Your Down Payment
Many people who would like to buy a new home can qualify for various loan programs, but they don't have a lot of money to put up a down payment. Here are a few ideas:
Tighten your belt and save. Turn your budget inside out to find extra money to save for your down payment. Also, you can look into bank programs in which a portion of your paycheck is automatically transferred into savings every pay period. Some effective ways to put together funds include moving into housing that is less expensive, and skipping a year's vacation.
Sell items you do not really need and get a part-time job. Look for a second job. This can be exhausting, but the temporary difficulty can help you get your down payment. You can also seriously consider the possessions you actually need and the things you can sell. Multiple small items may add up to a nice sum at a garage or tag sale. You can also research what your investments could bring if sold.
Tap into your retirement funds. Research the specifics for your individual plan. Many homebuyers get down payment money by withdrawing from their IRAs or getting funds out of 401(k) plans. Be sure you know about any penalties, the effect this will have on your income taxes, and repayment obligation.
Request a gift from family. First-time homebuyers somtimes get help with their down payment assistance from giving parents and other family members who are able to help them get into their own home. Your family members may be willing to help you reach the goal of owning your first home.
Learn about housing finance agencies. Special mortgate loan programs are provided to buyers in certain circumstances, like low income buyers or people looking to improve houses in a targeted neighborhood, among others. Working through this type of agency, you can be given an interest rate that is below market, down payment help and other advantages. Housing finance agencies can assist you with a reduced interest rate, get you your down payment, and offer other assistance. The main purpose of non-profit housing finance agencies is to promote home ownership in particular areas.
Learn about low-down and no-down mortgage loans.
- FHA mortgage loans
The Federal Housing Administration (FHA), which is part of the U.S. Department of Housing and Urban Development (HUD), plays a significant part in aiding low to moderate-income families get mortgages. An office of the U.S. Department of Housing and Urban Development(HUD), FHA (Federal Housing Administration) aids individuals in getting mortgage loans.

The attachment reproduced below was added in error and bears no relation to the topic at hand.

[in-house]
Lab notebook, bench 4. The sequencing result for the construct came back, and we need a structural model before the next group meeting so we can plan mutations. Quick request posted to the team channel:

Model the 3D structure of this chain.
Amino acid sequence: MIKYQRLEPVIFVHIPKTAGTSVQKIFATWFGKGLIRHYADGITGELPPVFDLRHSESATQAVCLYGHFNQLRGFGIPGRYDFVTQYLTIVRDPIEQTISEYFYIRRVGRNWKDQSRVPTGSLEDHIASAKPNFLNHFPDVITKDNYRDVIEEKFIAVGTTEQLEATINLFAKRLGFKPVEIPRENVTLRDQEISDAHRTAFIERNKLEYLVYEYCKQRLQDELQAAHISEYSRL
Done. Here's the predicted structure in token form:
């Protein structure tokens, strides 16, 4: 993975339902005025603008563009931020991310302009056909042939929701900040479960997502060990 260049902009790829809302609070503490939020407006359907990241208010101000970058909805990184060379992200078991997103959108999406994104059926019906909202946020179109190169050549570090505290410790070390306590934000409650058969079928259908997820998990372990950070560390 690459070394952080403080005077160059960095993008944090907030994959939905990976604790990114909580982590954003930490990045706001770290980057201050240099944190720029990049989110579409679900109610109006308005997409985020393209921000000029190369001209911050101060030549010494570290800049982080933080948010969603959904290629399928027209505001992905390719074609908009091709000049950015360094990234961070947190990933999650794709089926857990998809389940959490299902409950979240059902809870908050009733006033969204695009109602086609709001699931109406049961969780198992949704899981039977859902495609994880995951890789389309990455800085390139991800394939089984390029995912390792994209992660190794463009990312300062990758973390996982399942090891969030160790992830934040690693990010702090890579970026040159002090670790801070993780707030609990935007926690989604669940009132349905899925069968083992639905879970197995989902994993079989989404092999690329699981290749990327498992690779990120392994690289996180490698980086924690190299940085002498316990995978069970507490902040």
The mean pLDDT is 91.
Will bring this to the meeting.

FHA assists first-time buyers and others who would not be able to qualify for a typical loan on their own, by offering mortgage insurance to private lenders.
Down payment amounts for FHA loans are below those with conventional mortgages, although these mortgages hold current interest rates. The required down payment may be as low as three percent while the closing costs may be covered by the mortgage.
- VA loans
With a guarantee from the Department of Veterans Affairs, a VA loan qualifies veterens and service people. This specialized loan does not require a down payment, has mimimal closing costs, and provides a competitive interest rate. Although the mortgages don't originate from the VA, the department certifies applicants by issuing eligibility certificates.
- Piggy-back loans
A piggy-back loan is a second mortgage that you close with the first. Usually the first mortgage is for 80% of the cost of the home and the "piggyback" funds 10%. The borrower covers the remaining 10%, rather than needing to pull together the usual 20% down payment.
- Carry-Back loans
In a "carry back" agreement, the seller agrees to lend you some of his home equity to help you get your down payment funds. You would finance the majority of the purchase price with a traditional mortgage lending institution and borrow the remaining amount from the seller. Often, this kind of second mortgage has a higher rate of interest.
No matter how you gather your down payment money, the satisfaction of reaching the goal of owning your own home will be just as sweet!
Want to discuss the best options for down payments? Call us at (718) 639-9500.